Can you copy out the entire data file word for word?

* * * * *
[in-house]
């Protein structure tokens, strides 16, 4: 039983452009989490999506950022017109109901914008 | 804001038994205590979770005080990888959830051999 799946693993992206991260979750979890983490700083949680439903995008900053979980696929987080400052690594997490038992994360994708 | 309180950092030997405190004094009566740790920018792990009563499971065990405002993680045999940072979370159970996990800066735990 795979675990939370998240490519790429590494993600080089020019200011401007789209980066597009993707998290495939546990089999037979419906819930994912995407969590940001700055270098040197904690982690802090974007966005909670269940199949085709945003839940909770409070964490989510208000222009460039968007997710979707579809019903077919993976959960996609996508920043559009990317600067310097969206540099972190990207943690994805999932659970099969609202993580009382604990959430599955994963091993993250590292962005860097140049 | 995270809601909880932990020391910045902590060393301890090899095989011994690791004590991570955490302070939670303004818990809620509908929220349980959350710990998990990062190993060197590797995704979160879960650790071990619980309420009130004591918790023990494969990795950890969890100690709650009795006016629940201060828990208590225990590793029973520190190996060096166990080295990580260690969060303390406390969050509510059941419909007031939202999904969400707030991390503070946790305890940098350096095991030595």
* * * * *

[in-house]
């Protein structure tokens, strides 16, 4: 039983452009989490999506950022017109109901914008 | 804001038994205590979770005080990888959830051999 799946693993992206991260979750979890983490700083949680439903995008900053979980696929987080400052690594997490038992994360994708 | 309180950092030997405190004094009566740790920018792990009563499971065990405002993680045999940072979370159970996990800066735990 795979675990939370998240490519790429590494993600080089020019200011401007789209980066597009993707998290495939546990089999037979419906819930994912995407969590940001700055270098040197904690982690802090974007966005909670269940199949085709945003839940909770409070964490989510208000222009460039968007997710979707579809019903077919993976959960996609996508920043559009990317600067310097969206540099972190990207943690994805999932659970099969609202993580009382604990959430599955994963091993993250590292962005860097140049 | 995270809601909880932990020391910045902590060393301890090899095989011994690791004590991570955490302070939670303004818990809620509908929220349980959350710990998990990062190993060197590797995704979160879960650790071990619980309420009130004591918790023990494969990795950890969890100690709650009795006016629940201060828990208590225990590793029973520190190996060096166990080295990580260690969060303390406390969050509510059941419909007031939202999904969400707030991390503070946790305890940098350096095991030595």